Over the last 12 months, shares of electric vehicle (EV) maker Tesla (TSLA 3.68%) have lost 66% of their value. There are many possible reasons for this decline, including rising rates, slowing sales in China, or even Chief Executive Officer Elon Musk’s decision to buy social media company Twitter.
But at the end of the day, the market has finally decided to give Tesla a reasonable valuation that allows long-term investors to bet on its fundamentals. Here are three reasons it might be time to buy.
Keep the crash in perspective
Investors shouldn’t assume Tesla’s current slump is solely because of company-specific problems. Generally, richly valued growth stocks lose relatively more market cap when interest rates rise. That’s because higher rates reduce the projected value of their future cash flows and change investors’ risk/reward calculations.
The growth-heavy Nasdaq Composite is down almost 30% over the last 12 months, so this is far from Tesla’s problem alone. That said, Tesla isn’t out of the woods. While 2022 deliveries surged 40% year over year to a record 1.31 million, this was 200,000 vehicles short of analyst expectations. Also, price discounts in the U.S. and China fuel fear that demand is softening.
But like many industries, the automotive industry is cyclical. Inflation and rising rates make it harder for consumers to afford car payments. And Musk has said he believes China is in a “recession of sorts” as a housing market slump erodes consumer purchasing power. The good news is that these macroeconomic headwinds are generally transitory and say little about Tesla’s ability to achieve its long-term goals.
The long-term thesis is still intact
Investors shouldn’t buy Tesla because of where they think it will be this year or next year. As a fast-growing disruptor, the more interesting story will play out 10 or even 20 years into the future. According to analysts at Bloomberg, at least two-thirds of global car sales will be of electric cars by 2040 thanks to government policy and improving battery technology.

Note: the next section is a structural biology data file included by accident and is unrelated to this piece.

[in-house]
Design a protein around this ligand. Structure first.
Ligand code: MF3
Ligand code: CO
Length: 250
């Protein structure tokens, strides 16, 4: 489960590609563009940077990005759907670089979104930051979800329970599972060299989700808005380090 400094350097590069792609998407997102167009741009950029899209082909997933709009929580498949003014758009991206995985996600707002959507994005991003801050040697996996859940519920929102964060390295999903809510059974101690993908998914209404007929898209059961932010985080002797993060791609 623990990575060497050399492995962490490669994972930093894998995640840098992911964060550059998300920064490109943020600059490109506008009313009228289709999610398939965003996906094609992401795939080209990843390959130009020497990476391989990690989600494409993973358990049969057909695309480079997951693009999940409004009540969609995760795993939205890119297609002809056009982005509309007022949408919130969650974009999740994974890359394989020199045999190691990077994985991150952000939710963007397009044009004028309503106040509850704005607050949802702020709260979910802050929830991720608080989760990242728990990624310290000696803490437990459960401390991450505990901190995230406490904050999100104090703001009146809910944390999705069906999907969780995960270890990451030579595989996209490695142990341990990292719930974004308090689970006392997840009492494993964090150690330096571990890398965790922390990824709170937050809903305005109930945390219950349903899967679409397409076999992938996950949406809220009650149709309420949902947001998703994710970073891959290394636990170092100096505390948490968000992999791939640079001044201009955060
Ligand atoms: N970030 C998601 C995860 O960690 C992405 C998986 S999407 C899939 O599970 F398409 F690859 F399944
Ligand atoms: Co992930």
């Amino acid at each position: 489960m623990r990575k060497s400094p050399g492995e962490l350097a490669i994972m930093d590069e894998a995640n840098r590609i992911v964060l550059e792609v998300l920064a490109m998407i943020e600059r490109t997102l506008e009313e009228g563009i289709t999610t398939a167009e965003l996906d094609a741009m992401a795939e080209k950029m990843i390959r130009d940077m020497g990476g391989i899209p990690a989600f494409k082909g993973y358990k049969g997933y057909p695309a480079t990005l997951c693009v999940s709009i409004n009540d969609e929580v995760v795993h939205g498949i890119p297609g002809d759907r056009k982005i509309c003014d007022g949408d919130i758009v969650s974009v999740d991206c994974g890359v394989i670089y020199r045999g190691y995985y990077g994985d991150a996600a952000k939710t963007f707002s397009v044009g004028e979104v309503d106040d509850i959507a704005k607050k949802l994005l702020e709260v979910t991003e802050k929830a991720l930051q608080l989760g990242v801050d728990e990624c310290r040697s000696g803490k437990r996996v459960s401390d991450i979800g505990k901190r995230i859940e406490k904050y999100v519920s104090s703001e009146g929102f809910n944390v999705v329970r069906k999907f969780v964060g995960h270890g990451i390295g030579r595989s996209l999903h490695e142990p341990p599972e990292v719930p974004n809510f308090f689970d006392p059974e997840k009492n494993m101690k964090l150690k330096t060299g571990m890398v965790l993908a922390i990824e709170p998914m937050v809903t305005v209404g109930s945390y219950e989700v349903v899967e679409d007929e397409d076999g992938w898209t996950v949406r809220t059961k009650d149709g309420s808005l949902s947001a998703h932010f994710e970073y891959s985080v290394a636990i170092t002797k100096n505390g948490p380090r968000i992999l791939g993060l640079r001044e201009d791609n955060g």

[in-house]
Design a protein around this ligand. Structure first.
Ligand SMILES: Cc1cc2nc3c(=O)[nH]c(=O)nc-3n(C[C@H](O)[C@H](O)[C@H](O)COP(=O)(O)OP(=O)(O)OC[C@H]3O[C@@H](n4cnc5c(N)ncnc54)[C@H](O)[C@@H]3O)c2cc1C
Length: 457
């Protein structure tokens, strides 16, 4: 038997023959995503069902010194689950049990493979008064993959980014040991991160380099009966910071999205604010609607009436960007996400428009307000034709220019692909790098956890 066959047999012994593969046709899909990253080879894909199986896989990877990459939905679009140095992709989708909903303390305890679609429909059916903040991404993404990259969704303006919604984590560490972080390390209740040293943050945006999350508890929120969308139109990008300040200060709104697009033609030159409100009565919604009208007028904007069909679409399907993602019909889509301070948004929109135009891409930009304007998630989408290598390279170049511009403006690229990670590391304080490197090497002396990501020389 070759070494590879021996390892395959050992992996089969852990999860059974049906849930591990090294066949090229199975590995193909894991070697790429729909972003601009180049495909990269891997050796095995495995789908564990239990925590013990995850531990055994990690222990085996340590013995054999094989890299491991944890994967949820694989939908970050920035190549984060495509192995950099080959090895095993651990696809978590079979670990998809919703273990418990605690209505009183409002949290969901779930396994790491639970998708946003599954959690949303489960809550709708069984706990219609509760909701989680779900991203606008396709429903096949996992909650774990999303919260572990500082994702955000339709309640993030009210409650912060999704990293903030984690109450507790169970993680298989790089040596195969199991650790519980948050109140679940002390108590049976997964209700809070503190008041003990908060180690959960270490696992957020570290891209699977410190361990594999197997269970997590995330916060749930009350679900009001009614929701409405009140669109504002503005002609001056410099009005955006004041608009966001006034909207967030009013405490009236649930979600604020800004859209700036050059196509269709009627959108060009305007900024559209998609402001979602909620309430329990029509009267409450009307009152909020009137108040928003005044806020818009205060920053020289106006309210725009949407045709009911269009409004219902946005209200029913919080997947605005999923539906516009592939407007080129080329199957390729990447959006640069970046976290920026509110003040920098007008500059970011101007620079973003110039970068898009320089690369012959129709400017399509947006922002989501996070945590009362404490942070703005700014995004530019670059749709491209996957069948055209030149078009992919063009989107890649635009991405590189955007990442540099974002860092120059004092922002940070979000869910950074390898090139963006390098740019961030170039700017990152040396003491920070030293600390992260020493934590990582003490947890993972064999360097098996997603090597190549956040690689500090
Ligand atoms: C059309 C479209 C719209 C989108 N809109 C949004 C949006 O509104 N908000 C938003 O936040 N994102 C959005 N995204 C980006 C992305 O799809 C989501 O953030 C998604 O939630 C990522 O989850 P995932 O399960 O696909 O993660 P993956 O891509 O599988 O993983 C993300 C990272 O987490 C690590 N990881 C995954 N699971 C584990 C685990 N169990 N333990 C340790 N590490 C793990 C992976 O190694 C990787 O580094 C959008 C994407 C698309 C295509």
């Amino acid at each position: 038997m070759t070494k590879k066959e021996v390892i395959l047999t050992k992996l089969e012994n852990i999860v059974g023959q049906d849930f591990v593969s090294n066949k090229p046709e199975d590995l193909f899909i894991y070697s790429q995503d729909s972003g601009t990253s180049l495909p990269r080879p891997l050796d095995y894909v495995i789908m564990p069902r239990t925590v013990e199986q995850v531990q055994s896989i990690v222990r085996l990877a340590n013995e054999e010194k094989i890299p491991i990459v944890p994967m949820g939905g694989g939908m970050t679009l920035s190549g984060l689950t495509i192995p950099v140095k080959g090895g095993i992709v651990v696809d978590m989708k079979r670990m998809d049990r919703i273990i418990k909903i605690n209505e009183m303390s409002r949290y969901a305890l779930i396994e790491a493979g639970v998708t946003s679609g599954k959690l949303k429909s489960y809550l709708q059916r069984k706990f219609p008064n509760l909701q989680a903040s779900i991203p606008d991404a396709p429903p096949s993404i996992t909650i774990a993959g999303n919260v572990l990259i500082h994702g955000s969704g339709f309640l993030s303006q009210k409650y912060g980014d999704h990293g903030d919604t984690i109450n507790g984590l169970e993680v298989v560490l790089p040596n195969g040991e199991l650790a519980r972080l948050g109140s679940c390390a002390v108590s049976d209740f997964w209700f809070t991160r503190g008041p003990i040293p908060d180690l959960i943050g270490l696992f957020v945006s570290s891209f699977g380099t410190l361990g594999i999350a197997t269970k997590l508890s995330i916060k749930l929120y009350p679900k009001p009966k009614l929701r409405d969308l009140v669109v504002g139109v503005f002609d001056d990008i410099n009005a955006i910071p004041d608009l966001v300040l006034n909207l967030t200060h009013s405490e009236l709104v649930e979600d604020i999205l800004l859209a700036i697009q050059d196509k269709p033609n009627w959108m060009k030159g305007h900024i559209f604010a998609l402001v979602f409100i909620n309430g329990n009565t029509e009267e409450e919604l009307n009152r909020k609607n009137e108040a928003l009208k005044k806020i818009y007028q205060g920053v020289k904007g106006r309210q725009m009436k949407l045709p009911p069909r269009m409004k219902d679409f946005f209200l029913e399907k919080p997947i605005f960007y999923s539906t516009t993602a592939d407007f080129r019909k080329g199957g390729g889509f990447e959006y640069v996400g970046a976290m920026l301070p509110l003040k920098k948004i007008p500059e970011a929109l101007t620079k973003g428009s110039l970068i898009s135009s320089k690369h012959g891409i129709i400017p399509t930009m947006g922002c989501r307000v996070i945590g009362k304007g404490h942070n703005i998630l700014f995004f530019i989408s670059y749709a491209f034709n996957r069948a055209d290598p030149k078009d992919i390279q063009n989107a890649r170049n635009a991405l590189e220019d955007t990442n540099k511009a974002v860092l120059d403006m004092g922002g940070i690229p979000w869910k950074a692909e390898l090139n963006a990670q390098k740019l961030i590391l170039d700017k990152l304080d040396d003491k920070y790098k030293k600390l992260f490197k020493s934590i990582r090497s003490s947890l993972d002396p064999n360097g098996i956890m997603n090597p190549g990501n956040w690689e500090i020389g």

Unlike legacy automakers, this total addressable market represents a pure growth opportunity for Tesla. The company is all-electric. So EV sales won’t cannibalize its existing external combustion sales. Further, Tesla’s niche focus on EVs allows it to build a lasting competitive moat through brand recognition and infrastructure buildouts such as charging networks. Management is optimistic, expecting vehicle delivery growth to average 50% annually over a multiyear horizon.
Tesla’s valuation has become reasonable
With a forward price-to-earnings (P/E) ratio of just 23, Tesla stock is remarkably cheap, considering its rapid growth rate and catalysts for continued success. To put that number in perspective, grocery retailer Walmart trades for the same bottom-line multiple despite operating in a mature and low-growth industry. While Tesla still boasts a premium over other automakers like General Motors, which trades for 6 times its earnings, this can be explained by Tesla’s ability to expand its EV business without cannibalizing its existing operations. And it’s hard to see the shares staying this cheap for long.
Will Ebiefung has no position in any of the stocks mentioned. The Motley Fool has positions in and recommends Tesla and Walmart. The Motley Fool has a disclosure policy.